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IN RE: the Marriage of Nancy Sailors McNEIL, Petitioner/Appellant, v. Robert Nicholas HOSKYNS, Respondent/Appellee.
¶ 1 By statute, the superior court lacks jurisdiction to modify a dissolution decree approving the parties' agreement that spousal support may not be modified. We hold in this appeal that the statute does not apply to a non-modifiable spousal support order that is the product of a fraud on the court.
FACTS AND PROCEDURAL HISTORY
¶ 2 Nancy S. McNeil (“Wife”) and Robert Hoskyns (“Husband”) married in 1985.1 In 2005, Wife petitioned for dissolution, and the parties signed an agreement, which the court adopted, by which Husband agreed to pay Wife $5,000 a month in temporary child and spousal support, commencing January 2006. Husband is a dentist. Through an oversight, he and someone else at his dental office each arranged for automatic withdrawals of his monthly support payment from his office account. As a result, for the next 17 months, double payments were withdrawn from Husband's account and forwarded to Wife. Wife knew she was receiving double payments, but did not alert Husband, who did not know of the overpayments.
¶ 3 At the trial on their dissolution in May 2007, the parties orally affirmed an agreement their lawyers put on the record, consistent with Arizona Rule of Family Law Procedure 69, that Husband would pay Wife $5,000 each month in spousal support for an additional six years, commencing June 2007. The agreement also provided that spousal support would be non-modifiable and non-terminable. The superior court questioned both parties about any spousal support payments still owing under their prior agreement. Husband responded that he still owed $2,500. Wife did not disclose that as of that date, Husband unwittingly had paid $85,000 more than was due. In October 2007, the court approved the agreement and repeated its terms in the dissolution decree. After entry of the decree, Wife continued to receive some double spousal support payments, but still did not notify Husband of the mix-up.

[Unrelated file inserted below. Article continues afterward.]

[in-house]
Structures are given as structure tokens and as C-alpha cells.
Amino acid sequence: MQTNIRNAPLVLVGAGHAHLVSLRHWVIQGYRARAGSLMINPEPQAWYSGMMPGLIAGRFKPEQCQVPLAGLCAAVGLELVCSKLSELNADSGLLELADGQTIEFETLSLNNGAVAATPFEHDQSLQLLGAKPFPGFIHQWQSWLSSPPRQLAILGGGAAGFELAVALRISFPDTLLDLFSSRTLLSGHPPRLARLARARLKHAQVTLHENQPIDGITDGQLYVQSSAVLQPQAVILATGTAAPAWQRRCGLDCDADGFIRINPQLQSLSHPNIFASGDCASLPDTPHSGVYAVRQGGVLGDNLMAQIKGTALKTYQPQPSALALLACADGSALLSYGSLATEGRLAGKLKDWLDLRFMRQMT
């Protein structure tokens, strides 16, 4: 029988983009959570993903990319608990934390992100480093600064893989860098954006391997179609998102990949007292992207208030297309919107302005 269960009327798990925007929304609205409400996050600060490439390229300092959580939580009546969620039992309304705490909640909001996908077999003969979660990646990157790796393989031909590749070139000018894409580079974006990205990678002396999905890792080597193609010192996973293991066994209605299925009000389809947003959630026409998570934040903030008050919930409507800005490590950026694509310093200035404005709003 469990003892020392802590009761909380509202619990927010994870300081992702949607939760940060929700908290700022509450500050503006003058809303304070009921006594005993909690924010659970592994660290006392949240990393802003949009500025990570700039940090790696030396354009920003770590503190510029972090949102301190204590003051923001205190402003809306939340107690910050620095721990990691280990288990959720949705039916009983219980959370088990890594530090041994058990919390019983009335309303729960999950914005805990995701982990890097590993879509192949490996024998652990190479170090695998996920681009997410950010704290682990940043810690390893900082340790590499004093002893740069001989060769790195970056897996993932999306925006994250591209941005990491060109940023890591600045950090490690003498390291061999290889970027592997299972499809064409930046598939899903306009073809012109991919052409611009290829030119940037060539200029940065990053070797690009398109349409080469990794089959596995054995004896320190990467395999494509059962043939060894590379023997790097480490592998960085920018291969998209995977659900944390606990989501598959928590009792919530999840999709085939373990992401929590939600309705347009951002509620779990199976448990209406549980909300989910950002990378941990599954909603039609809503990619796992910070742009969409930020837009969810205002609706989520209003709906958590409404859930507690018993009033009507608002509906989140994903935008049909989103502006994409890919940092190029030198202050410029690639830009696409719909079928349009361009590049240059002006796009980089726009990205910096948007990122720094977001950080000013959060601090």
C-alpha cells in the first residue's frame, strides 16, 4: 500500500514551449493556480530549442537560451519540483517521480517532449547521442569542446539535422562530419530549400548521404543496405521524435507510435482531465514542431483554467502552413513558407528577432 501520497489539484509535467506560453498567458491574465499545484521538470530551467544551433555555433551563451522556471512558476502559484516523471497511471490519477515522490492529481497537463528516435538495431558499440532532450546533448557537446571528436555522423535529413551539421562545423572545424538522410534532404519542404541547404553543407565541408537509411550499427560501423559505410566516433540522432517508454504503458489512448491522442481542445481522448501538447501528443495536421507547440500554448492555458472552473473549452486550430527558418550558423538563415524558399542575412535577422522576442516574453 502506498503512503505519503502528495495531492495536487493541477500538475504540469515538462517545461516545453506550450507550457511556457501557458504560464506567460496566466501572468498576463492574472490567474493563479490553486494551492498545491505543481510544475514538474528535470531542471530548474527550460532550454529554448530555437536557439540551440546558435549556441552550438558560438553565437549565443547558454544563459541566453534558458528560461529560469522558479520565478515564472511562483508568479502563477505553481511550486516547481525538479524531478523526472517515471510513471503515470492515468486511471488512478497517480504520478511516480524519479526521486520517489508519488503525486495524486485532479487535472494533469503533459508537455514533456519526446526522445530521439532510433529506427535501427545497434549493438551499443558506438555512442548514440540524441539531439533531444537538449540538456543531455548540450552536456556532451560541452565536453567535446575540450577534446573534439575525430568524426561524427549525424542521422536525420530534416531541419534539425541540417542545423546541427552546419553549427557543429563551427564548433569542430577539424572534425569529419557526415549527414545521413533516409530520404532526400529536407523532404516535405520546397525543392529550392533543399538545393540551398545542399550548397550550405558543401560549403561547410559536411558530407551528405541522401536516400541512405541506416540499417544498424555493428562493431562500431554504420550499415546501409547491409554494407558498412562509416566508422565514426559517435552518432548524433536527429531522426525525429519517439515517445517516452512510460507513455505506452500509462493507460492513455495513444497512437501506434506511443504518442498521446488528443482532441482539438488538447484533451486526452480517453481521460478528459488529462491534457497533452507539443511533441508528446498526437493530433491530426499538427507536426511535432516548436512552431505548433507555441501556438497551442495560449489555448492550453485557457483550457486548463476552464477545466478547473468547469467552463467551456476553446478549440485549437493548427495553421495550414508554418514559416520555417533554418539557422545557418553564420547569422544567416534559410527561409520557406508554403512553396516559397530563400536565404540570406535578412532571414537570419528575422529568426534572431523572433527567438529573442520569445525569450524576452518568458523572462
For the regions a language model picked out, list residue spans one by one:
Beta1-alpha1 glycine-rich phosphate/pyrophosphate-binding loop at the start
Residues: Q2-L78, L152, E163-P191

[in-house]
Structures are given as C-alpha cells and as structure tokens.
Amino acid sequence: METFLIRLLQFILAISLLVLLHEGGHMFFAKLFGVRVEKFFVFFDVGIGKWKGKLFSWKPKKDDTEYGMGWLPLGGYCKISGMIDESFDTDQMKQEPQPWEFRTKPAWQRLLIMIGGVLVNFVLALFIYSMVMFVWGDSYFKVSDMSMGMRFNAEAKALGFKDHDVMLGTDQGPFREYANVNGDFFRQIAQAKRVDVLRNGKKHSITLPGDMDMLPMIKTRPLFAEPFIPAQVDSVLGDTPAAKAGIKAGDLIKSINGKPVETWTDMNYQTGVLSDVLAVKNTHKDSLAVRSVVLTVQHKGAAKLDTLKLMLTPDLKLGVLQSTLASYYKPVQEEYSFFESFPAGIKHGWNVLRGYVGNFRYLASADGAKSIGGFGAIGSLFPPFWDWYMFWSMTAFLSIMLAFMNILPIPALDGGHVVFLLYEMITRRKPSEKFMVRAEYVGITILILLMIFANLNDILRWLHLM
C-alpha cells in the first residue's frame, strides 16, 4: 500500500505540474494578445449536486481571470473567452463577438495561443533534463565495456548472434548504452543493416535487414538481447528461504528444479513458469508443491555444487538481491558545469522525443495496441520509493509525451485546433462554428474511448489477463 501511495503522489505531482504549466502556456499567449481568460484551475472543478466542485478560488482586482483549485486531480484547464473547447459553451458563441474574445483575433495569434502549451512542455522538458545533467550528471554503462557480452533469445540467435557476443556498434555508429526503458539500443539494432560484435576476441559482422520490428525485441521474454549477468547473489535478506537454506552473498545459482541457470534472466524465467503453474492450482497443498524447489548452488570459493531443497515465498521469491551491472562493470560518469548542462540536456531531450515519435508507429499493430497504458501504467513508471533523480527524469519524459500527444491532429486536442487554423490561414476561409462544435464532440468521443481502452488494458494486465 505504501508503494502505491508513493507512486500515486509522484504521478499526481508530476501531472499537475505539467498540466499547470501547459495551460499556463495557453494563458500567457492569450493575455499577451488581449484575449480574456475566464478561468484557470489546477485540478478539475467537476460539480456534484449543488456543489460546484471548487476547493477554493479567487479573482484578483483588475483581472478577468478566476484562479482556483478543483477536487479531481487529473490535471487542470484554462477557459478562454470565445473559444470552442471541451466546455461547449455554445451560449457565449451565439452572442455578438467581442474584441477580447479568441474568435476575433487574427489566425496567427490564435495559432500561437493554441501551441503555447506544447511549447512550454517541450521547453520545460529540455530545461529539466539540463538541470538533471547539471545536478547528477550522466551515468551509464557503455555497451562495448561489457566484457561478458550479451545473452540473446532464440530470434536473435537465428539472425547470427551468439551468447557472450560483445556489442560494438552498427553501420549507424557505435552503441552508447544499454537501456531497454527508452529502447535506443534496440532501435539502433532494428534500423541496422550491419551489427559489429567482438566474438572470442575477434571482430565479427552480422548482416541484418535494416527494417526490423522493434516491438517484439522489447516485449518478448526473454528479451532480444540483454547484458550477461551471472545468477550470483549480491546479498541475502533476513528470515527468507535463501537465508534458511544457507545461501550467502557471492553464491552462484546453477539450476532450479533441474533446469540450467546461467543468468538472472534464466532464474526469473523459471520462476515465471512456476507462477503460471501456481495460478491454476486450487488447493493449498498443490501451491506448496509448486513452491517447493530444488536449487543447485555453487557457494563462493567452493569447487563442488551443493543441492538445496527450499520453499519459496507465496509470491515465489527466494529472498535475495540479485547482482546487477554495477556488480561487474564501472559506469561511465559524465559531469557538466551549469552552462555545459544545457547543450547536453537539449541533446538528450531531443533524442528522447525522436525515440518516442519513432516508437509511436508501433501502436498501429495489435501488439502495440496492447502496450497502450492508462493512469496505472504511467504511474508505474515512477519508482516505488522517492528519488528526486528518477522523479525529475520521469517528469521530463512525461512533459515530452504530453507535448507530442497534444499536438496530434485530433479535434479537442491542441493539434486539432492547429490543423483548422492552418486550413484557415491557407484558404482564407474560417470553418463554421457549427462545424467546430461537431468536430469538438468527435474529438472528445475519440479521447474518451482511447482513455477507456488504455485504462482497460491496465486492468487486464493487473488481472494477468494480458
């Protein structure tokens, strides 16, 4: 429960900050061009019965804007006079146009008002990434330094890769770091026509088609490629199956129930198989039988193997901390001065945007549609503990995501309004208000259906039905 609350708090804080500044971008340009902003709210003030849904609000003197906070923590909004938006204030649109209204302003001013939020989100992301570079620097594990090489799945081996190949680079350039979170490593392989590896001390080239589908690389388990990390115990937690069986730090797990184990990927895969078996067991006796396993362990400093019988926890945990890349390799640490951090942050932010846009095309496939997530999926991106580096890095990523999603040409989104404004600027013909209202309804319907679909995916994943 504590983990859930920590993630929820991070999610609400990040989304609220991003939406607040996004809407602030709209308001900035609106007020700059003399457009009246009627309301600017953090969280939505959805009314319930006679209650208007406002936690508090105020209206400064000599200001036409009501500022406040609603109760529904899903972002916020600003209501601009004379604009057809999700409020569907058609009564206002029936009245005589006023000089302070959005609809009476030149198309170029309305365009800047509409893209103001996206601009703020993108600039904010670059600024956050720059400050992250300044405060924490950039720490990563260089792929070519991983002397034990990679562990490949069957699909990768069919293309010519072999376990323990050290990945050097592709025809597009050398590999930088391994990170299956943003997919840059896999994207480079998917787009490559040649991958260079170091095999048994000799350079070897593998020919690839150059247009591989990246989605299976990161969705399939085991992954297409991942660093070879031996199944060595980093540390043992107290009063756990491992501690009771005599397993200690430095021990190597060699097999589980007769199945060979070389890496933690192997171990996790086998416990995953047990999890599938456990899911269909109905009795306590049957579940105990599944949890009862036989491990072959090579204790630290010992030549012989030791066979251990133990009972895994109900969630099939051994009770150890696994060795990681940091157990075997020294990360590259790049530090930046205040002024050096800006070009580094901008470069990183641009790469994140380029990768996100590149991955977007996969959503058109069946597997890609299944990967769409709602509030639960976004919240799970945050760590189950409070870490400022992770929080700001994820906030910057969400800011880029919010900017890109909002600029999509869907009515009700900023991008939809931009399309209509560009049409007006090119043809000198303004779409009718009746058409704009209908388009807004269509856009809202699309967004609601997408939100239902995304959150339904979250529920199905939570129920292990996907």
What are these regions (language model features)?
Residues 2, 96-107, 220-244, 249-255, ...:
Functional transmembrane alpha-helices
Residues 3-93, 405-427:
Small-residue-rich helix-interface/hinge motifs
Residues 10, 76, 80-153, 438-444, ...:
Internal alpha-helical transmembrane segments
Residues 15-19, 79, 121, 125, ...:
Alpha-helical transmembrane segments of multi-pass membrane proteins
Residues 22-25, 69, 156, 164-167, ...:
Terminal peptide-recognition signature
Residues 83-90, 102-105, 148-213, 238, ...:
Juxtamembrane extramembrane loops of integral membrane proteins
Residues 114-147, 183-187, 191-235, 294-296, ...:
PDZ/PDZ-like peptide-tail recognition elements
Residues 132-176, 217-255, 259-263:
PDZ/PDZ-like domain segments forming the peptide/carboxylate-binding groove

¶ 4 In October 2009, Wife filed a Petition to Enforce Spousal Maintenance, claiming Husband owed more than $14,000 in arrears. At the time, she knew that even though Husband had missed some post-decree payments, overall, he had overpaid her by tens of thousands of dollars since the start of the dissolution proceedings. After reviewing a court-ordered accounting that revealed the overpayments, Husband filed a response and counter-petition asking the court for relief from provisions in the decree waiving all pendente lite claims and establishing the non-modifiable spousal support obligation. Husband attached an email from Wife in which she had threatened to notify the dental licensing board of his alleged nonpayment in order to have his dental license revoked.
¶ 5 Wife filed a response to Husband's counter-petition and a separate petition to hold him in contempt, claiming he owed $49,102 in arrearages. She eventually withdrew her contempt petition, but not before Husband was arrested and briefly jailed. After a hearing on Wife's petition to enforce, the superior court found in October 2010 that Husband was entitled to interest of $3,147 on overpayments made between June 2007 and July 2009, but that he still owed spousal support payments totaling $59,100 through July 2010. Postponing consideration of Husband's contention that any post-decree arrearages should be reduced by the sum of the pre-decree overpayments, the court awarded Wife $59,100 in past-due spousal support, along with attorney's fees and costs, less the accrued interest due Husband.